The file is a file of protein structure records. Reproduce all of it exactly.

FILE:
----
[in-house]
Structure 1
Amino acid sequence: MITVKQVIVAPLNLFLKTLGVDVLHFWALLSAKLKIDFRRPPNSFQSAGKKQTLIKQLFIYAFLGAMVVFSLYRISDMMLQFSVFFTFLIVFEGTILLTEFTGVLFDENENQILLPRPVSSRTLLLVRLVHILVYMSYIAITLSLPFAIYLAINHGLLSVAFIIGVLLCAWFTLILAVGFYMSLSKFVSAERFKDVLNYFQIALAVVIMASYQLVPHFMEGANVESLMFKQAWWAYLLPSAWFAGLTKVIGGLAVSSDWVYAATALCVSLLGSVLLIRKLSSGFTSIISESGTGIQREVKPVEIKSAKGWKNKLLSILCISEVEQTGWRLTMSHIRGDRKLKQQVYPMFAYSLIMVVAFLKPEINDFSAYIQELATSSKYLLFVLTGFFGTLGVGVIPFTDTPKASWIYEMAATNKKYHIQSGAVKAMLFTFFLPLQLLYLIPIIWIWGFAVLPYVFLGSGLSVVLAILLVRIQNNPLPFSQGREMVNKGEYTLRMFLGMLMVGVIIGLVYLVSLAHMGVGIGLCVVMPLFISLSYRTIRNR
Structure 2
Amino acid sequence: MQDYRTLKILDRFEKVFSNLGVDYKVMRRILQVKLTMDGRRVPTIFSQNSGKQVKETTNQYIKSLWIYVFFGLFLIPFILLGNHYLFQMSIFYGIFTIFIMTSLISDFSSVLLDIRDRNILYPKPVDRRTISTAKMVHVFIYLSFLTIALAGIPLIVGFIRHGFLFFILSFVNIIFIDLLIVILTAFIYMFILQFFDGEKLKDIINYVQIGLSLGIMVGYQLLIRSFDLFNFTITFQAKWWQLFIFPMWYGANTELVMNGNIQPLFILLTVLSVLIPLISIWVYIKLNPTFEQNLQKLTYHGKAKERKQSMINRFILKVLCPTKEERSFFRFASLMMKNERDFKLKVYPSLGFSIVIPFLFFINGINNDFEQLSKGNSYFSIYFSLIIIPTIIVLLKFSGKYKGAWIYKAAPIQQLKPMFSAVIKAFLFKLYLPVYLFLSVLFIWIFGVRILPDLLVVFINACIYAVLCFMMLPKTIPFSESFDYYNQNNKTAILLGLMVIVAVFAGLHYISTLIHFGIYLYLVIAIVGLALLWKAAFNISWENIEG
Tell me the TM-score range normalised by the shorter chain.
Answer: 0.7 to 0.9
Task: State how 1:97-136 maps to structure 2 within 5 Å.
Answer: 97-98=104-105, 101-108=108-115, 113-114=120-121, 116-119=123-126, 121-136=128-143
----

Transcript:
[in-house]
Structure 1
Amino acid sequence: MITVKQVIVAPLNLFLKTLGVDVLHFWALLSAKLKIDFRRPPNSFQSAGKKQTLIKQLFIYAFLGAMVVFSLYRISDMMLQFSVFFTFLIVFEGTILLTEFTGVLFDENENQILLPRPVSSRTLLLVRLVHILVYMSYIAITLSLPFAIYLAINHGLLSVAFIIGVLLCAWFTLILAVGFYMSLSKFVSAERFKDVLNYFQIALAVVIMASYQLVPHFMEGANVESLMFKQAWWAYLLPSAWFAGLTKVIGGLAVSSDWVYAATALCVSLLGSVLLIRKLSSGFTSIISESGTGIQREVKPVEIKSAKGWKNKLLSILCISEVEQTGWRLTMSHIRGDRKLKQQVYPMFAYSLIMVVAFLKPEINDFSAYIQELATSSKYLLFVLTGFFGTLGVGVIPFTDTPKASWIYEMAATNKKYHIQSGAVKAMLFTFFLPLQLLYLIPIIWIWGFAVLPYVFLGSGLSVVLAILLVRIQNNPLPFSQGREMVNKGEYTLRMFLGMLMVGVIIGLVYLVSLAHMGVGIGLCVVMPLFISLSYRTIRNR
Structure 2
Amino acid sequence: MQDYRTLKILDRFEKVFSNLGVDYKVMRRILQVKLTMDGRRVPTIFSQNSGKQVKETTNQYIKSLWIYVFFGLFLIPFILLGNHYLFQMSIFYGIFTIFIMTSLISDFSSVLLDIRDRNILYPKPVDRRTISTAKMVHVFIYLSFLTIALAGIPLIVGFIRHGFLFFILSFVNIIFIDLLIVILTAFIYMFILQFFDGEKLKDIINYVQIGLSLGIMVGYQLLIRSFDLFNFTITFQAKWWQLFIFPMWYGANTELVMNGNIQPLFILLTVLSVLIPLISIWVYIKLNPTFEQNLQKLTYHGKAKERKQSMINRFILKVLCPTKEERSFFRFASLMMKNERDFKLKVYPSLGFSIVIPFLFFINGINNDFEQLSKGNSYFSIYFSLIIIPTIIVLLKFSGKYKGAWIYKAAPIQQLKPMFSAVIKAFLFKLYLPVYLFLSVLFIWIFGVRILPDLLVVFINACIYAVLCFMMLPKTIPFSESFDYYNQNNKTAILLGLMVIVAVFAGLHYISTLIHFGIYLYLVIAIVGLALLWKAAFNISWENIEG
Tell me the TM-score range normalised by the shorter chain.
Answer: 0.7 to 0.9
Task: State how 1:97-136 maps to structure 2 within 5 Å.
Answer: 97-98=104-105, 101-108=108-115, 113-114=120-121, 116-119=123-126, 121-136=128-143